Ground Penetrating Radar (GPR) is one of the crucial tools in the Subsurface Utility Engineering toolbox, helping locators detect subsurface utilities non-intrusively. Because the effectiveness of GPR technologies can vary depending on subsurface conditions, remote utility mapping can be a key tool in advance of and alongside GPR scanning to help overcome challenging subsurface environments.
Ground Penetrating Radar (GPR) is a non-destructive tool that can be used to image the subsurface. Simply put, GPR works by transmitting electromagnetic waves, and receiving the reflected signals as they detect discontinuities. GPR systems can be operated by hand in the field, and sometimes are towed on various vehicle platforms.
Because it can often effectively detect many subsurface objects, GPR is one of the main tools that Subsurface Utility Engineering engineers choose to integrate into their locating projects. In some municipalities in Texas, for example, using some form of GPR is even a legal requirement before beginning the construction phase of a project.
While GPR is a crucial tool and an essential element for many Subsurface Utility Engineering (SUE) projects, it’s not perfect for all situations and all project areas. In particular, GPR can be a less effective tool in states with challenging soil conditions–especially Texas.
As mentioned, Ground Penetrating Radar relies on electric signals that are sent and received through the soil. For that reason, the soil conditions of a given project site can have a major effect on the efficacy of GPR as a tool for finding subsurface utilities.
The National Resources Conservation Service (NRCS) provides suitability scores for GPR use nationwide. They rank the effectiveness of GPR depending on many factors, most notably the soil types. In particular, the clay content, salinity and sodicity, and the levels of various minerals in the soil can all influence the suitability of GPR in a given project site.
GPR is particularly effective in sandy and gravelly soils, where penetration depths can reach up to 160 meters. However, in soils with higher clay concentrations, GPR becomes less effective, as electromagnetic signals have more difficulty penetrating the soil. The NRCS suggests that soils with ‘more than 35 percent clay are restrictive, soils with less than 10 percent clay are generally favorable to deep penetration with GPR.”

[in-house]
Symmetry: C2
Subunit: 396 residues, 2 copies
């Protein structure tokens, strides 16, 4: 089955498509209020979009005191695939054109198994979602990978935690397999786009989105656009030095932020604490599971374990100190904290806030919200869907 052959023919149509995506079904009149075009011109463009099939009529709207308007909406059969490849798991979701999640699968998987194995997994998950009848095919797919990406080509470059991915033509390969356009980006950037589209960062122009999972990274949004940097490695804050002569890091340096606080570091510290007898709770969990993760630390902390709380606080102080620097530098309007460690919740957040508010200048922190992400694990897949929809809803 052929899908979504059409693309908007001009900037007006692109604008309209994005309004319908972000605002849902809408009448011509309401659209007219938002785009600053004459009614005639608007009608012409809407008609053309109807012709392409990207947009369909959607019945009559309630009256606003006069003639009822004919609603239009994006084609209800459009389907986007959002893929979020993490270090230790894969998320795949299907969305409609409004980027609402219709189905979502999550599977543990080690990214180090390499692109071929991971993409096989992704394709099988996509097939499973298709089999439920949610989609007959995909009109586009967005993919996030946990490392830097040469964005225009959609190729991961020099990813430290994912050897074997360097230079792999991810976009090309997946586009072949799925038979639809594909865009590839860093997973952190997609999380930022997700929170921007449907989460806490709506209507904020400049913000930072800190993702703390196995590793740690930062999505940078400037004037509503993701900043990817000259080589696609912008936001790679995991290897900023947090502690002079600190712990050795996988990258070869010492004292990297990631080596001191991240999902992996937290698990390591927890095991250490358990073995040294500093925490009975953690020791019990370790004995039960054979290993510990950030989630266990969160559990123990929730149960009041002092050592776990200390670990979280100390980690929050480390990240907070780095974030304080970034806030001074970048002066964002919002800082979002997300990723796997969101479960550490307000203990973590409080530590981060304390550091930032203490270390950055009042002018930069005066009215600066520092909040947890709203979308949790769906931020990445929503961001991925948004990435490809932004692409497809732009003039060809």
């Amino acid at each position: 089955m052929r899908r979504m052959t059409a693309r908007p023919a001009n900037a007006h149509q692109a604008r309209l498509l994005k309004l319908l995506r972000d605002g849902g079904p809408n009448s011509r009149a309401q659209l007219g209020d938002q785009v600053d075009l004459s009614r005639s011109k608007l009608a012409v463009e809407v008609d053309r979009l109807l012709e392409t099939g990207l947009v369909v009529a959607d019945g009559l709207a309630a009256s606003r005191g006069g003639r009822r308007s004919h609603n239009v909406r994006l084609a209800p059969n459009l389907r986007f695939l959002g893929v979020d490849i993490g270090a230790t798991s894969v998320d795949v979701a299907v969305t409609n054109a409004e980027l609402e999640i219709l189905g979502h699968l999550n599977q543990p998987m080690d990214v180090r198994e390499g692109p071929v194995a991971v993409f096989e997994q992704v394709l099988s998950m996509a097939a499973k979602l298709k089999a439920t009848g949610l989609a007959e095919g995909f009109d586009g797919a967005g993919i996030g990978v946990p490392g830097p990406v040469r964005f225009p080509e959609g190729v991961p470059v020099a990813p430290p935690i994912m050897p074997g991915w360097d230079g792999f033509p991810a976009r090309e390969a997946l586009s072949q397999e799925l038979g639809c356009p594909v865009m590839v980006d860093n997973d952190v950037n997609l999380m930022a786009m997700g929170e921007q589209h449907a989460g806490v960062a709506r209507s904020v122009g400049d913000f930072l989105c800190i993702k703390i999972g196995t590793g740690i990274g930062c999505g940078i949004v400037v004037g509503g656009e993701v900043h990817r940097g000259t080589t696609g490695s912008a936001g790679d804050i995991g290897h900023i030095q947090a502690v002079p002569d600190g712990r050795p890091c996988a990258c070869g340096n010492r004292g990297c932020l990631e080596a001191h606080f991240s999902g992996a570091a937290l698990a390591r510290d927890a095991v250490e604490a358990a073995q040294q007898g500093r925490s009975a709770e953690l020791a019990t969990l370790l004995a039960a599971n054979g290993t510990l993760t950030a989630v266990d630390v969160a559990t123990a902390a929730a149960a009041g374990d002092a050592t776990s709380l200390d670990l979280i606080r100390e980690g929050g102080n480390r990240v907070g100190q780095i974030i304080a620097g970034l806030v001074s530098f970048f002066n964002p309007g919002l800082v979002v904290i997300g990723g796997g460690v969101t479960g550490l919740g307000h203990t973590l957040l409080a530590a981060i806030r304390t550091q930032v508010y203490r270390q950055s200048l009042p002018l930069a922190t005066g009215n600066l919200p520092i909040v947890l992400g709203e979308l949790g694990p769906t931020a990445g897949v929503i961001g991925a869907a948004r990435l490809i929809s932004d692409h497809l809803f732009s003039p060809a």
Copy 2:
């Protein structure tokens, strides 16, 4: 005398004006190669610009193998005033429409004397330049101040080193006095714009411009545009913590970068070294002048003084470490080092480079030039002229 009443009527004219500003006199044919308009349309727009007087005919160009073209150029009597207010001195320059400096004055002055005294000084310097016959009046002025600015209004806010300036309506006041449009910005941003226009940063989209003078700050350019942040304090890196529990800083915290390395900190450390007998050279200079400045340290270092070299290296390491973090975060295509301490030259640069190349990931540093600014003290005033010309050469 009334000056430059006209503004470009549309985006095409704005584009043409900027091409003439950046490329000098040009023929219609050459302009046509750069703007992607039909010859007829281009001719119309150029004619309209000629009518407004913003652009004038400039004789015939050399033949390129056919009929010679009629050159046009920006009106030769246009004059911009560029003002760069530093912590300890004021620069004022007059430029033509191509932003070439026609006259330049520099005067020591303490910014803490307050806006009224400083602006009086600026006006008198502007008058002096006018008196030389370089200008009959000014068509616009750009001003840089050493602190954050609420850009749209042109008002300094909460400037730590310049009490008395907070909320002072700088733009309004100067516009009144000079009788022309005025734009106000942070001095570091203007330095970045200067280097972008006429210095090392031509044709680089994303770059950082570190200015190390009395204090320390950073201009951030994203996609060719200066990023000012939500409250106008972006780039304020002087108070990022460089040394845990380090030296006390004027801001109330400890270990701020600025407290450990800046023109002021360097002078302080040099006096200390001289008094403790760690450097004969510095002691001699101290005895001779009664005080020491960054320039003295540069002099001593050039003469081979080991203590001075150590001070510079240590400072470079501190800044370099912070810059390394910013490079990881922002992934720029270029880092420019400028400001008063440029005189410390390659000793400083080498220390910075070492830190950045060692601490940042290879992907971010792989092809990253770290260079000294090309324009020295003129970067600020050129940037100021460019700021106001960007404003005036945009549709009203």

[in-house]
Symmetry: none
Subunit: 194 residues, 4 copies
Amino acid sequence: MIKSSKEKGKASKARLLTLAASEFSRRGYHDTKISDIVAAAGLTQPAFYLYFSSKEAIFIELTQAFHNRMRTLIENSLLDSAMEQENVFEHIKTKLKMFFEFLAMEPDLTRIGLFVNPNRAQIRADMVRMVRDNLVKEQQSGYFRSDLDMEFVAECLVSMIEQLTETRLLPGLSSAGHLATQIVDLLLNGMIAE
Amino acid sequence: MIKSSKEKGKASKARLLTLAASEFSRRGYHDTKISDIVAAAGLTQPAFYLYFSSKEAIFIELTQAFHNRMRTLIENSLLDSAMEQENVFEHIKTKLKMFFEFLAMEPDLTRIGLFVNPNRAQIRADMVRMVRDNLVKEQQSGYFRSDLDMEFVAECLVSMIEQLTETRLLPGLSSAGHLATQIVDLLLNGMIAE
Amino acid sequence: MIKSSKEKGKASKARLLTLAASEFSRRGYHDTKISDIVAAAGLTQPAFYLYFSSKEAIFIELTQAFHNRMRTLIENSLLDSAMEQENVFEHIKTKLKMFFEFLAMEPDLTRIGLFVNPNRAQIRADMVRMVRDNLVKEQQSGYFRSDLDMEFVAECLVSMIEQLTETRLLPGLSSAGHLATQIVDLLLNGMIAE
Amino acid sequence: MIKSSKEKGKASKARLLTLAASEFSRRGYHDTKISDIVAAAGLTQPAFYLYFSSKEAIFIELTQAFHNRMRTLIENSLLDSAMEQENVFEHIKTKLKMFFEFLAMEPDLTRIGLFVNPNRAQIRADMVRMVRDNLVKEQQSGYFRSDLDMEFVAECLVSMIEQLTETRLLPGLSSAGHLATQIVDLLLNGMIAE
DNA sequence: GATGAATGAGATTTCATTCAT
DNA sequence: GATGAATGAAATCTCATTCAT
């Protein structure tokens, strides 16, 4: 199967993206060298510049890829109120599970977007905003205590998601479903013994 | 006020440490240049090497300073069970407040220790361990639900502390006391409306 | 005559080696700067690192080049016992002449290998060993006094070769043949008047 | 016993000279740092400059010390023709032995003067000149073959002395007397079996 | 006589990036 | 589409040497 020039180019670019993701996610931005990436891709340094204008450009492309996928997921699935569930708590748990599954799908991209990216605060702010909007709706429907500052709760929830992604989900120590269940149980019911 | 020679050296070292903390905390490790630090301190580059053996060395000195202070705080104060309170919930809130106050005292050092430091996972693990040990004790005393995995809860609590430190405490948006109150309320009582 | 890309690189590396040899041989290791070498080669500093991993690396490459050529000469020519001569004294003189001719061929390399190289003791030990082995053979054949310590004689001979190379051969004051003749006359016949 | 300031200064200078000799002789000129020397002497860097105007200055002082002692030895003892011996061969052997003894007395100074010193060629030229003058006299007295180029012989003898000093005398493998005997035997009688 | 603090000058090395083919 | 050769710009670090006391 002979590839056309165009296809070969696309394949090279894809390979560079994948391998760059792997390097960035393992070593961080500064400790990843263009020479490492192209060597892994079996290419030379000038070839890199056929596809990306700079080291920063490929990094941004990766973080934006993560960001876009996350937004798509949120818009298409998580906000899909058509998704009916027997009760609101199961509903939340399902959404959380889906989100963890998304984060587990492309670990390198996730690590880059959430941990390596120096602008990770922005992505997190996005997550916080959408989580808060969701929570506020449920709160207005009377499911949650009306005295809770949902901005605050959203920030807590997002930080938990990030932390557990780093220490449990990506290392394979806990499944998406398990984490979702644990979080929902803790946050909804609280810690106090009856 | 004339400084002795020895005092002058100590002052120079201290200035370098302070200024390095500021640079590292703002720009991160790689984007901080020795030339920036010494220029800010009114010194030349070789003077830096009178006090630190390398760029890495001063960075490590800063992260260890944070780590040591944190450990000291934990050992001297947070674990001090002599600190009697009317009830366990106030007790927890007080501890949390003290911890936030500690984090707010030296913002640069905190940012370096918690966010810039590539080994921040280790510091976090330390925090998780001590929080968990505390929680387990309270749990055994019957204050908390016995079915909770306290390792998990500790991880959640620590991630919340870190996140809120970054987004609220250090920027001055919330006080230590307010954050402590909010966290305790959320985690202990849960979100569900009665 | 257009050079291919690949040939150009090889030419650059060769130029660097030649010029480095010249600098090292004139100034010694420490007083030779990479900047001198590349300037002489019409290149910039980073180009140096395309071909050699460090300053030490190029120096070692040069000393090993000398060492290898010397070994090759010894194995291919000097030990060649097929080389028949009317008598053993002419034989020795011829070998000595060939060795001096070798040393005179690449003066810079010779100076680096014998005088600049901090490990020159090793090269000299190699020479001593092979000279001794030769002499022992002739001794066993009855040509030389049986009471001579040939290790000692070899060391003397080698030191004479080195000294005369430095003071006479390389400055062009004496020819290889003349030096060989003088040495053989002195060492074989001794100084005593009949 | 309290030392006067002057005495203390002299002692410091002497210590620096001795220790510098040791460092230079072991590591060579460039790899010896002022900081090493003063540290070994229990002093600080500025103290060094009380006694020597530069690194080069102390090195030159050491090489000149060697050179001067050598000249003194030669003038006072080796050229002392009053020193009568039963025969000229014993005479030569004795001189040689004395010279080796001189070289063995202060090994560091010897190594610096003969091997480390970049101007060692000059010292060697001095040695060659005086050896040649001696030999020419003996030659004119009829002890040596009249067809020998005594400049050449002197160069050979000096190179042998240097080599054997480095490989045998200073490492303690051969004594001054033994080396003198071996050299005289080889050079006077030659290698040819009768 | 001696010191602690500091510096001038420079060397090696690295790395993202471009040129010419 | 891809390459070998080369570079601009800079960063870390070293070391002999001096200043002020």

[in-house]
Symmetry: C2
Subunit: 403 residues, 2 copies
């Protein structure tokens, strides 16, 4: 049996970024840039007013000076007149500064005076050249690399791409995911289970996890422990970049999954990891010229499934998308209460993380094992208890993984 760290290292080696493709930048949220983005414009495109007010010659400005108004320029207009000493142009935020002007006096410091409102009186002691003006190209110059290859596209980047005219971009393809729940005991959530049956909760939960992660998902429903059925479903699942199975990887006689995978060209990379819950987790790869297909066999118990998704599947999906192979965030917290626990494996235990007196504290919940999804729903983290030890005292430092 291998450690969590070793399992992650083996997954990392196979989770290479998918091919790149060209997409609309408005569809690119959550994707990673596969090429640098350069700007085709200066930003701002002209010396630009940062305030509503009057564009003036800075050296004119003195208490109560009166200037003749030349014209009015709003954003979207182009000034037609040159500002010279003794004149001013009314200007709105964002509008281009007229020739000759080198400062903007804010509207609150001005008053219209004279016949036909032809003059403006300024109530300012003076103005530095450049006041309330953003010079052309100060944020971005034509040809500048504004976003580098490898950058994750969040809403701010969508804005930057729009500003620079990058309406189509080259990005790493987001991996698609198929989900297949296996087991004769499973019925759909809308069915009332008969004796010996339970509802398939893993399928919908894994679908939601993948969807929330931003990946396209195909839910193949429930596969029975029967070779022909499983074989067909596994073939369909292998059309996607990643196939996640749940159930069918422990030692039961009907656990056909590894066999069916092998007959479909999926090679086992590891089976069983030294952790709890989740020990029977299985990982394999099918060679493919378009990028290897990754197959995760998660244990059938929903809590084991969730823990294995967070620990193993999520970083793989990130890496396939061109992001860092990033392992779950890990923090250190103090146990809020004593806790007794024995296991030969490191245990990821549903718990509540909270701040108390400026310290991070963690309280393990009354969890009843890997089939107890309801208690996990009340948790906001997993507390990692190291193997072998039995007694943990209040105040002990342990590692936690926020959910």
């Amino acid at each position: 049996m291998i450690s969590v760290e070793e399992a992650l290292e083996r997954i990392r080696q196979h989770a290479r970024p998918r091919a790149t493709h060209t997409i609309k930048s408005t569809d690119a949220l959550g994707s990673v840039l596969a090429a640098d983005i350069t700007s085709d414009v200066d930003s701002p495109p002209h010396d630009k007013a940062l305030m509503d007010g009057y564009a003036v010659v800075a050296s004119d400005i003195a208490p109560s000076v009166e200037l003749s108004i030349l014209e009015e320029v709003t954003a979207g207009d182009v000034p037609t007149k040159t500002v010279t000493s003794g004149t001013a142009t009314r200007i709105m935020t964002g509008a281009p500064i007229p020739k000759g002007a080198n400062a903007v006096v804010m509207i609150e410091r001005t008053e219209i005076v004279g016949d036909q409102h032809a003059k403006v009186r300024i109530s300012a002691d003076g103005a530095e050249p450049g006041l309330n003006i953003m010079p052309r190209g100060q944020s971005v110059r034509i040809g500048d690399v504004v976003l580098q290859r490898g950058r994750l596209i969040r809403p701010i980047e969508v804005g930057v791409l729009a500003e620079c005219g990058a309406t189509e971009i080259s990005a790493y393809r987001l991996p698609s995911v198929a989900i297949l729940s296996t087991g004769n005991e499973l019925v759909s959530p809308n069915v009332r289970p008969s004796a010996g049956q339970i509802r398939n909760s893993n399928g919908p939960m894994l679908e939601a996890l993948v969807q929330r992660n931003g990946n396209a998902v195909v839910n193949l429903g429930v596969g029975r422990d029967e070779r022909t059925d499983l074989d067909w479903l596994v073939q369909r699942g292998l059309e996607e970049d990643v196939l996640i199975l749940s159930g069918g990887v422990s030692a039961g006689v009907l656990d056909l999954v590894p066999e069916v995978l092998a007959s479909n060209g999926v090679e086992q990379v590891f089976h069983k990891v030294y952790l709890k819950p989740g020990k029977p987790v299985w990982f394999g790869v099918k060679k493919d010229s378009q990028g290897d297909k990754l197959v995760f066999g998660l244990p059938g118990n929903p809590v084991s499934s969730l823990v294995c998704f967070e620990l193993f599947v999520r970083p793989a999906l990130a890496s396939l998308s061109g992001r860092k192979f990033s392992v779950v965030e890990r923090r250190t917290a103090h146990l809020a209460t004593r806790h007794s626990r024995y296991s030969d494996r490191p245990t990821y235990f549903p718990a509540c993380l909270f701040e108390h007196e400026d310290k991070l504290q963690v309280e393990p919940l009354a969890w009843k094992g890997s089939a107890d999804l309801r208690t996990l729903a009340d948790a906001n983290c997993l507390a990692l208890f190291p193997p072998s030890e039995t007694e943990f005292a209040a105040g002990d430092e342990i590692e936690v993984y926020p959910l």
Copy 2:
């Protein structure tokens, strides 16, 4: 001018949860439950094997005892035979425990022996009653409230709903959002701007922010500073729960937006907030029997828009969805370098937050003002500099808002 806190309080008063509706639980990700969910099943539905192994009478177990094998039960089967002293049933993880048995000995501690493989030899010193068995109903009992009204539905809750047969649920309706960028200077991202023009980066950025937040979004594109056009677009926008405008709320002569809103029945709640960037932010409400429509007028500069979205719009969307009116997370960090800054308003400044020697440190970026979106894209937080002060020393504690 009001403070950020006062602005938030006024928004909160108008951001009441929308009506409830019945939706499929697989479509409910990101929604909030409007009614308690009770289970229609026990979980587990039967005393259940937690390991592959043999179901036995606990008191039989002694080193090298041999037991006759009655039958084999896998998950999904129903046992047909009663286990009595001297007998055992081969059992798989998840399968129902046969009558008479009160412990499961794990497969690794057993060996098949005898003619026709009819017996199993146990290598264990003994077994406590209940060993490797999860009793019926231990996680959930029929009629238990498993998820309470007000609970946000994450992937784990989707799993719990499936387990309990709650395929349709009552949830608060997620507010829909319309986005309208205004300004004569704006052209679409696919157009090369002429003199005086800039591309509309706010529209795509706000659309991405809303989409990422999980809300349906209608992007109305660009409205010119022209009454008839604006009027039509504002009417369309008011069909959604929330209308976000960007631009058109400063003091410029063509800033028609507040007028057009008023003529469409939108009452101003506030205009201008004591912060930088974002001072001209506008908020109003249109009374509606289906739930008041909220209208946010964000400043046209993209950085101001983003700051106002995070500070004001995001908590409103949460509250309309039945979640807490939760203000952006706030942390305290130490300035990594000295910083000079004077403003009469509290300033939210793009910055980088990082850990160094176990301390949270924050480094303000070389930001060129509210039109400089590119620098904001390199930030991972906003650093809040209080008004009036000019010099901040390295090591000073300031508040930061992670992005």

In states like Florida and in much of the Northeast, where soil conditions are more suitable, GPR can be quite an effective tool. In states like Texas with very clay-rich soils, GPR can be less effective as a tool for identifying subsurface utilities. In Texas in particular, large swaths of the state can be especially challenging for GPR methods, because soil conditions interfere with electromagnetic signal penetration.
For that reason, project managers and SUE experts often need to turn to other methods to identify subsurface utilities, including electromagnetic locating, metal detectors, and sometimes vacuum excavations. Each of these methods have their own advantages–and disadvantages.
Remote utility mapping that is based on visual analysis can address many of the potential shortcomings of GPR, giving all stakeholders a clearer picture of the subsurface landscape.
Because remote utility mapping relies on visual evidence from satellite and aerial imagery, it can often establish the location of subsurface utilities regardless of different soil types and varying subsurface conditions. And because it is remote, it can provide a preliminary—and large-scale–understanding of the subsurface well before boots-on-the-ground locators begin work in the field.
Utility mapping can give Subsurface Utility Engineering experts a roadmap to guide their efforts, helping them resolve differences between as-builts and real world conditions. It can also help them designate subsurface utilities more precisely, cutting down on wasted time and effort boring for utilities in the wrong location. In addition, utility mapping provides quality assurance for locators out in the field, who can be more confident that they haven’t missed an unregistered or abandoned utility that didn’t appear on the as-built records.
Ultimately, utility mapping can be a crucial element in the SUE engineer’s toolbox, giving a clear large-scale look at the project area and giving engineers confidence about subsurface conditions before heading out to the field.
Interested in seeing how utility mapping can complement your designating and locating work? Contact us!
and see how we can shine some light on your utility strategy.